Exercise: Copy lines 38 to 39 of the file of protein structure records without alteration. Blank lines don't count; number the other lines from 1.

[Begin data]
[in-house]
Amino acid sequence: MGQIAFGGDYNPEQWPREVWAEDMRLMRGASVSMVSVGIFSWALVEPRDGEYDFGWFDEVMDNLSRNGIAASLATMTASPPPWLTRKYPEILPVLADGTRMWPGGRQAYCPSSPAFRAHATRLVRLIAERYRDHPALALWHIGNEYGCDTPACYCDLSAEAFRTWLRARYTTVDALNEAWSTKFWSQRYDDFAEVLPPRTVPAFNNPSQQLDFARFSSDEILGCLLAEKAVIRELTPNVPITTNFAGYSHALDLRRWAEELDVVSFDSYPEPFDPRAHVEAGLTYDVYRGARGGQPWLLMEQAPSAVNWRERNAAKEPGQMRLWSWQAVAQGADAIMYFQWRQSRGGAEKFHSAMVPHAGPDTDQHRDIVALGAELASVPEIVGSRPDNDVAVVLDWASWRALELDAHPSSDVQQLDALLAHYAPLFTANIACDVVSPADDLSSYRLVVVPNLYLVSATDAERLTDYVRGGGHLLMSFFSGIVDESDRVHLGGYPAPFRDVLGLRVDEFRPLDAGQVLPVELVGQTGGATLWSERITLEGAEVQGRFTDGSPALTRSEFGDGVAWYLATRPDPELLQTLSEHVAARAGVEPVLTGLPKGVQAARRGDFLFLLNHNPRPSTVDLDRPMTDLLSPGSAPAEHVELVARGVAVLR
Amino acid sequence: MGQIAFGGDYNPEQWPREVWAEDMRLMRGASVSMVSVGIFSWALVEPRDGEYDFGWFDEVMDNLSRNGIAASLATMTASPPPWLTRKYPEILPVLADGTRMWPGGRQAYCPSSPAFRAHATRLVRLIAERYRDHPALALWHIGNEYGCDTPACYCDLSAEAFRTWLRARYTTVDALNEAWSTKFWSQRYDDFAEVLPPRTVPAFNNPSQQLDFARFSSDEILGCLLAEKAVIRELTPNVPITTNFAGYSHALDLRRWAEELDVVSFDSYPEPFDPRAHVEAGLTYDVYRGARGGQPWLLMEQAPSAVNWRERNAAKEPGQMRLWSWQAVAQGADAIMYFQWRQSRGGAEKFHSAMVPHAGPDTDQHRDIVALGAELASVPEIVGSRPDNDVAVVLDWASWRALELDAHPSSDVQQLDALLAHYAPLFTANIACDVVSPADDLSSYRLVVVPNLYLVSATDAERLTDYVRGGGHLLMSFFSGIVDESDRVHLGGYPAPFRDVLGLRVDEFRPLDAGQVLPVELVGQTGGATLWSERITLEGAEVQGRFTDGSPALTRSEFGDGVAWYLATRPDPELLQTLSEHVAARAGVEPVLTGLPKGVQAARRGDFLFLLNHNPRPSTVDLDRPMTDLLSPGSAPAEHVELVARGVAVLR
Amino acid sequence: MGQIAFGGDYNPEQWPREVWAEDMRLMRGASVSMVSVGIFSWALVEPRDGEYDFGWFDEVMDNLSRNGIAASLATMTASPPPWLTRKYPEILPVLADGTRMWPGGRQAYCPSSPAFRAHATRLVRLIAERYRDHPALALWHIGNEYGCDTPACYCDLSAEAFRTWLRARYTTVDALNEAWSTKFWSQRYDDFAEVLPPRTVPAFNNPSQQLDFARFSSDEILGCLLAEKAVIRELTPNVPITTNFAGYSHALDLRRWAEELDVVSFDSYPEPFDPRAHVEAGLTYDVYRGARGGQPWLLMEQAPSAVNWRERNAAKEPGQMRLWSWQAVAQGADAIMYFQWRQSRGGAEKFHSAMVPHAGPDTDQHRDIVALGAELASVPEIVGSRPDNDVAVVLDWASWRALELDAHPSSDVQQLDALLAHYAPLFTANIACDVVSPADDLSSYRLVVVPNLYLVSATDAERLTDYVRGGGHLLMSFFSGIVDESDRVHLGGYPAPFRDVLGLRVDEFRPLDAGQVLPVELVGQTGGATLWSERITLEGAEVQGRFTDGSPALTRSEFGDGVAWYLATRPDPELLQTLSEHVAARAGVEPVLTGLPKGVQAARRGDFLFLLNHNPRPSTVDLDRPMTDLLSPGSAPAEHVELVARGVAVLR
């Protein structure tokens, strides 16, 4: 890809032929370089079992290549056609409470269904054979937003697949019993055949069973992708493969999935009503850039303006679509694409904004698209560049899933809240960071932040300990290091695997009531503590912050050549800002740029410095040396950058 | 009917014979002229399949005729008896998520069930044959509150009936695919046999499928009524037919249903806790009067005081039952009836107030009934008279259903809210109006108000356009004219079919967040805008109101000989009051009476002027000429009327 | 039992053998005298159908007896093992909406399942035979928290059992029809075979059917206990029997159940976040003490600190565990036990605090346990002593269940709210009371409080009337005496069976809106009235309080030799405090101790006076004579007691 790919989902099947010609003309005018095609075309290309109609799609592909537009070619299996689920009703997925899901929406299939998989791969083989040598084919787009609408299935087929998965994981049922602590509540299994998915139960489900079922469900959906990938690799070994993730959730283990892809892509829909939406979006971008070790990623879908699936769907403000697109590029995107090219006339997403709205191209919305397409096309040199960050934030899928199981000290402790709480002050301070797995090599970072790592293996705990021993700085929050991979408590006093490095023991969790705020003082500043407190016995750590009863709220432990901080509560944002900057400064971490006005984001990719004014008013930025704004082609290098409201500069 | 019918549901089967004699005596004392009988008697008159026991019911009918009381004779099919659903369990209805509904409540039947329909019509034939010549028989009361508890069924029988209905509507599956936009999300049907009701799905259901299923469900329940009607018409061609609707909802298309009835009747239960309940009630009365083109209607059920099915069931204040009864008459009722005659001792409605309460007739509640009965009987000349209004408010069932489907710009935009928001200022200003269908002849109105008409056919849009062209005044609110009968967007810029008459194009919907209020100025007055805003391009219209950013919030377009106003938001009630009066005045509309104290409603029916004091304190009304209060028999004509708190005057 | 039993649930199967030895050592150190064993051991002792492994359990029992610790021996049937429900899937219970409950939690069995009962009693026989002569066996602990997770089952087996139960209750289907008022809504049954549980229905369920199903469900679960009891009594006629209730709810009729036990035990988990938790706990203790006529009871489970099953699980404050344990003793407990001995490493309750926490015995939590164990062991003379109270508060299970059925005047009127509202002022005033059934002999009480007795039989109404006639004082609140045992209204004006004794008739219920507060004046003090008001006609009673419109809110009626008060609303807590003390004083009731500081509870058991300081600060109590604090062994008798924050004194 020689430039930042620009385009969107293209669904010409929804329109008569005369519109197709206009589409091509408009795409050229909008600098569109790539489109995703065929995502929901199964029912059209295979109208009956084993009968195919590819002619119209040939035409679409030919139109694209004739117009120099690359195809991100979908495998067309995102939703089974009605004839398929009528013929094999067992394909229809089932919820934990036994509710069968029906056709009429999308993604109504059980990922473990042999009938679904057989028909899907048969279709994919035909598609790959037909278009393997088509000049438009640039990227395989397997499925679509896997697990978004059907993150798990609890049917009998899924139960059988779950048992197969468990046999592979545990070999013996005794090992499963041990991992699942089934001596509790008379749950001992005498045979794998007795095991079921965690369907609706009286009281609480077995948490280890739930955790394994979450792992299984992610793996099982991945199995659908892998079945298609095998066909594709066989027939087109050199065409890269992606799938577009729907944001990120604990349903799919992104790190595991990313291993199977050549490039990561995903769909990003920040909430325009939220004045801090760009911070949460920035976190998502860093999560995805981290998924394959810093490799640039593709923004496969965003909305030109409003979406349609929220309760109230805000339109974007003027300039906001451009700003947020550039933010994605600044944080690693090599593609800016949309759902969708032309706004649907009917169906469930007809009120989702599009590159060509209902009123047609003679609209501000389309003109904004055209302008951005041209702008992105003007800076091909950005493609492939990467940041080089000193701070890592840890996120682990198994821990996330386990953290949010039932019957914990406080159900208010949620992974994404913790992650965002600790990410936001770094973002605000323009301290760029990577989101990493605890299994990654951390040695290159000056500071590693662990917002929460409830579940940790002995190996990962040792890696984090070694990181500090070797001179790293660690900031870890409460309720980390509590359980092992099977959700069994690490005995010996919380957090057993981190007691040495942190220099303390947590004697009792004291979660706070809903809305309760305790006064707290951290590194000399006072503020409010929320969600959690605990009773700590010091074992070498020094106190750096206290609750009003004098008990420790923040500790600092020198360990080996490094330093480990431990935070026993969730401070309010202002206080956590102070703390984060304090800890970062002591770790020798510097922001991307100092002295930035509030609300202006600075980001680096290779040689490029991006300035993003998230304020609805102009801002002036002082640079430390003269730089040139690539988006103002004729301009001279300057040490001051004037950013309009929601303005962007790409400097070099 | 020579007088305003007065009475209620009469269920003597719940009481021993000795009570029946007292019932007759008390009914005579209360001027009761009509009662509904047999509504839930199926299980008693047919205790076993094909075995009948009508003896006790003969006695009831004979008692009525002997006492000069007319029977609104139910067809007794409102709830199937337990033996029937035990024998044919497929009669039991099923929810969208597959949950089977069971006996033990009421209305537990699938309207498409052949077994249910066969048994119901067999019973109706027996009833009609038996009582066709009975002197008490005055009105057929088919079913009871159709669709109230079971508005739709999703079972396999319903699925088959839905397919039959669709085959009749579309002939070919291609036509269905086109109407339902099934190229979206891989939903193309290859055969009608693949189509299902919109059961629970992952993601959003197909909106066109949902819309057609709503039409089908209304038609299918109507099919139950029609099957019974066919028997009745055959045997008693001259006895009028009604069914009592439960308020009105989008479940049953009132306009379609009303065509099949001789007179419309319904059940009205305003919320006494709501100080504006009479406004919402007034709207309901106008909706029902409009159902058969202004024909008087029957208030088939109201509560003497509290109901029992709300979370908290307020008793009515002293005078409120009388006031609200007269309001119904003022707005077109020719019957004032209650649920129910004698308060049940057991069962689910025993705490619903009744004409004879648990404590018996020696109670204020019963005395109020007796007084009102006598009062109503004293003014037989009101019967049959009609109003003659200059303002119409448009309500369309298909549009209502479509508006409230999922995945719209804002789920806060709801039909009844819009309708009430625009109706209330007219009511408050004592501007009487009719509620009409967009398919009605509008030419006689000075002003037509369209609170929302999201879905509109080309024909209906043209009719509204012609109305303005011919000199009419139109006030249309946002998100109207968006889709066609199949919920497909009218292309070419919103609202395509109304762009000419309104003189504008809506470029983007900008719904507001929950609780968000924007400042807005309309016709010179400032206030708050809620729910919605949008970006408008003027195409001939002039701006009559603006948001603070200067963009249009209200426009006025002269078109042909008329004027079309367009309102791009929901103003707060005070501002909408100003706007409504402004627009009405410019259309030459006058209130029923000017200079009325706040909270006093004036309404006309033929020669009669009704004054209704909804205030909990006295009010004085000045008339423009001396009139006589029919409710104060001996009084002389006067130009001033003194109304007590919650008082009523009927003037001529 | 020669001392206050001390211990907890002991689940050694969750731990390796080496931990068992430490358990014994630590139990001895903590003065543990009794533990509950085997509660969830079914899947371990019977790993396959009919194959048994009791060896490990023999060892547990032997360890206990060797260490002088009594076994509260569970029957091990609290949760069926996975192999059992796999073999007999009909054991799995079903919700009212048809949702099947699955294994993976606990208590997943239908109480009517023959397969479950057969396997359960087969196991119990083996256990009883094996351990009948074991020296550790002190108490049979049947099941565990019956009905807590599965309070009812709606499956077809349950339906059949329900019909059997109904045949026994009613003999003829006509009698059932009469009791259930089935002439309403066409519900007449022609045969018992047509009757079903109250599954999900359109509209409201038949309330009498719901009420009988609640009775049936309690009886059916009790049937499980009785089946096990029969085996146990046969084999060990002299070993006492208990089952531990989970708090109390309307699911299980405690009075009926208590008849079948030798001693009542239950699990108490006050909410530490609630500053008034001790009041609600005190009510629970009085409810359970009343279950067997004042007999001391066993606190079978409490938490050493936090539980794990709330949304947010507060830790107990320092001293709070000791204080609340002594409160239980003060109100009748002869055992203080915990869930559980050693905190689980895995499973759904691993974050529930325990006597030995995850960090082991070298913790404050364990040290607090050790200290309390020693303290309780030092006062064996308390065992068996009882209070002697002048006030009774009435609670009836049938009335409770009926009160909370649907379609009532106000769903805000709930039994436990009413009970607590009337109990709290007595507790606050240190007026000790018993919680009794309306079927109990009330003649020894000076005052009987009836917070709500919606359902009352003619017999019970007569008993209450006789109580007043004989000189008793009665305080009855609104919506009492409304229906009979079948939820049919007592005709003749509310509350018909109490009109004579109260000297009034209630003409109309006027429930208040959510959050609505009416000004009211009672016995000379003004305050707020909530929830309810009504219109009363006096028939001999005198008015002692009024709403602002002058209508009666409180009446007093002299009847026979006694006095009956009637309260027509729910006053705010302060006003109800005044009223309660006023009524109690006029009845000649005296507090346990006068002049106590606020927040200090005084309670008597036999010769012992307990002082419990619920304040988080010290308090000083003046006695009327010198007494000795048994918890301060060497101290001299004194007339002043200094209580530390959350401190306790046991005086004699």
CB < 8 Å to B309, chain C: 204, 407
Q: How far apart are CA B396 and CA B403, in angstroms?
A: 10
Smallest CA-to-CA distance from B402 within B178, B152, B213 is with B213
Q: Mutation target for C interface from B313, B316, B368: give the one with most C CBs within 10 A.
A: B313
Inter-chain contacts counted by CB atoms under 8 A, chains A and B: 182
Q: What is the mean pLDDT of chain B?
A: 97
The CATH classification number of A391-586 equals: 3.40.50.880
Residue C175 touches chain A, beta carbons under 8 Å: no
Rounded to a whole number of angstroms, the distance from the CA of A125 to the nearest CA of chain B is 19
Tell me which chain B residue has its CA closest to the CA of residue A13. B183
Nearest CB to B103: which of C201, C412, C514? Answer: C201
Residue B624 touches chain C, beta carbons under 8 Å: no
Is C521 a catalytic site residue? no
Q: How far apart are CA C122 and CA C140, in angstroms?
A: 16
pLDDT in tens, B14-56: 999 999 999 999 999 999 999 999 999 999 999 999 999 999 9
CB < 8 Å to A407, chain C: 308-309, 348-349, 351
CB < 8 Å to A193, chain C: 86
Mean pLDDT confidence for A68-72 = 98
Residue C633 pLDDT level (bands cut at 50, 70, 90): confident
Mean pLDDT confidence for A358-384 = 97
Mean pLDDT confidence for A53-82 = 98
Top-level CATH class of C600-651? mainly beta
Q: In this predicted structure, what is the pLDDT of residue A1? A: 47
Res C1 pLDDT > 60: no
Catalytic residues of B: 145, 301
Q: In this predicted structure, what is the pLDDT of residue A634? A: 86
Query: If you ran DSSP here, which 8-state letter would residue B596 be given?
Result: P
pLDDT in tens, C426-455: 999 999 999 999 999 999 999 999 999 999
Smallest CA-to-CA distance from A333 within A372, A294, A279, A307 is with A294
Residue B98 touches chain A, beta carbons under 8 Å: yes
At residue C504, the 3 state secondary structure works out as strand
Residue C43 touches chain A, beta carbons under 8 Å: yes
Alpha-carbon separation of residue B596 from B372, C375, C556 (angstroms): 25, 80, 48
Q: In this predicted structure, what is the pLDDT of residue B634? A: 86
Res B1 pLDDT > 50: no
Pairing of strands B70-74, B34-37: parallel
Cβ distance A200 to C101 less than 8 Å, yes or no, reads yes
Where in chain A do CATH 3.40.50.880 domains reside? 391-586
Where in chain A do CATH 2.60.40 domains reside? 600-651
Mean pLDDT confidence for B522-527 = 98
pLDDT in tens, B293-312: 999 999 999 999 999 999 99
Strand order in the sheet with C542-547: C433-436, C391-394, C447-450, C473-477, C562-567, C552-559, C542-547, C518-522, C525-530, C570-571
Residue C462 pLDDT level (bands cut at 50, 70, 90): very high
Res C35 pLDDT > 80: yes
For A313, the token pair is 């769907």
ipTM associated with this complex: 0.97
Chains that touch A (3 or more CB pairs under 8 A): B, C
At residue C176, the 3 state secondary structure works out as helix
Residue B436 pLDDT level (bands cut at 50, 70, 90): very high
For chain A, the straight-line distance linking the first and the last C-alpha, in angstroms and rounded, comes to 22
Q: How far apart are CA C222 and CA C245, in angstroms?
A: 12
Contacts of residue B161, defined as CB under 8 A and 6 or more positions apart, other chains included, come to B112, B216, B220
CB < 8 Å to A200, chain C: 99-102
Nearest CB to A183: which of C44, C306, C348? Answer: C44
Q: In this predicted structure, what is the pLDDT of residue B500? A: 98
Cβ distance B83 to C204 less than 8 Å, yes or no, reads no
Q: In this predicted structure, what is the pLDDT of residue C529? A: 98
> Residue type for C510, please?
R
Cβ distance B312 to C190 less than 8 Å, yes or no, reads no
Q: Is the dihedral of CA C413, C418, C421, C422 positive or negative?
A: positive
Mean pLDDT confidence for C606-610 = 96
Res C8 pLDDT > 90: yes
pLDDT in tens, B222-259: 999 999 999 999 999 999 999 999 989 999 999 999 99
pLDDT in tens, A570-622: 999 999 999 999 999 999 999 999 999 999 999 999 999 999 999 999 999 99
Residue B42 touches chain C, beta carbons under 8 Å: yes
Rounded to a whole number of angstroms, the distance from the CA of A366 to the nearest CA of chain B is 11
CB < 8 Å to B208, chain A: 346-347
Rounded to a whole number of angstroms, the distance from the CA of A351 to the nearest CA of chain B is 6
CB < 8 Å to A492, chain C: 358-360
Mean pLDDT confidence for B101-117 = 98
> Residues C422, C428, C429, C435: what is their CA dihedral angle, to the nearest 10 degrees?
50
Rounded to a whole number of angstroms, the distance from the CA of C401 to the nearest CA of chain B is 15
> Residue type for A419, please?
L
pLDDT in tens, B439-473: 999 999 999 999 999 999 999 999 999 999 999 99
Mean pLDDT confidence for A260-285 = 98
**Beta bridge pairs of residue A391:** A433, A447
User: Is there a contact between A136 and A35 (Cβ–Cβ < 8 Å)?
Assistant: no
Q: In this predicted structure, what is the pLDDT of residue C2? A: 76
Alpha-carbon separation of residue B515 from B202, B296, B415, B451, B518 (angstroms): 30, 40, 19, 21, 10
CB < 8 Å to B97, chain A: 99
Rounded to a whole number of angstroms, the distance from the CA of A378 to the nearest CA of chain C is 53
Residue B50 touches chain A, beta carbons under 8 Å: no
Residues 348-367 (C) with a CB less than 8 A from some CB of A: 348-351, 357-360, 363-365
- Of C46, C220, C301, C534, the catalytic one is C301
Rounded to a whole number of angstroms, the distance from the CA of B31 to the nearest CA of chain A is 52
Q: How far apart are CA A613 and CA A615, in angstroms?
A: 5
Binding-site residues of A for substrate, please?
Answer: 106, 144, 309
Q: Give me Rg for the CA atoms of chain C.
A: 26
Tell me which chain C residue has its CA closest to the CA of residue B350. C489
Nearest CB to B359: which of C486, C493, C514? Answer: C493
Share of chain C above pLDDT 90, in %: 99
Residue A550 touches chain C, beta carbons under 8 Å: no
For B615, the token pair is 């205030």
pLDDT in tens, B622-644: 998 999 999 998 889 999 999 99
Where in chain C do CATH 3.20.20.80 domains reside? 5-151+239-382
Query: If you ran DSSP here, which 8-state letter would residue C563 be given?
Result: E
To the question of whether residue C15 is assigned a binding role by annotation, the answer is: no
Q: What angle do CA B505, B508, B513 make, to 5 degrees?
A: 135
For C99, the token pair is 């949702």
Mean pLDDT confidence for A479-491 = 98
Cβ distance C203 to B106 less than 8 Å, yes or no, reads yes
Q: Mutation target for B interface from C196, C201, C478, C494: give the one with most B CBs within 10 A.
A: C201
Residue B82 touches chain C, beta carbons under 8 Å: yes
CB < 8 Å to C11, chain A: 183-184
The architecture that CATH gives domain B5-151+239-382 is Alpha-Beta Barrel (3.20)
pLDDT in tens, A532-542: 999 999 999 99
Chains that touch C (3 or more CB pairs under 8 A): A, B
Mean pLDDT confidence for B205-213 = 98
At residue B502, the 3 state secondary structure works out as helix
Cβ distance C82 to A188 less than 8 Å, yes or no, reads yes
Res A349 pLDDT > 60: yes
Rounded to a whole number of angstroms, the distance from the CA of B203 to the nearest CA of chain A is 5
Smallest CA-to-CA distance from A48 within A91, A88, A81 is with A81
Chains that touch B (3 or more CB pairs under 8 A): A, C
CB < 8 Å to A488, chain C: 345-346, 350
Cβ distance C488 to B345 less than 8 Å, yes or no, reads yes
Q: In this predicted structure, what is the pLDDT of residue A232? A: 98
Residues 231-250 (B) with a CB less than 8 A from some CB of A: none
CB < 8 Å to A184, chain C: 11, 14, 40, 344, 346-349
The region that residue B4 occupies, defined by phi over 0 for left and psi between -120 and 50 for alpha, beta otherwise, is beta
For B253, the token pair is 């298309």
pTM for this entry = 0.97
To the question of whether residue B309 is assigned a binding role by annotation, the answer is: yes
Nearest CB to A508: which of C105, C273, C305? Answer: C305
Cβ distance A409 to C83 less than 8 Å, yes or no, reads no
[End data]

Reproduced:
pLDDT in tens, C426-455: 999 999 999 999 999 999 999 999 999 999
Smallest CA-to-CA distance from A333 within A372, A294, A279, A307 is with A294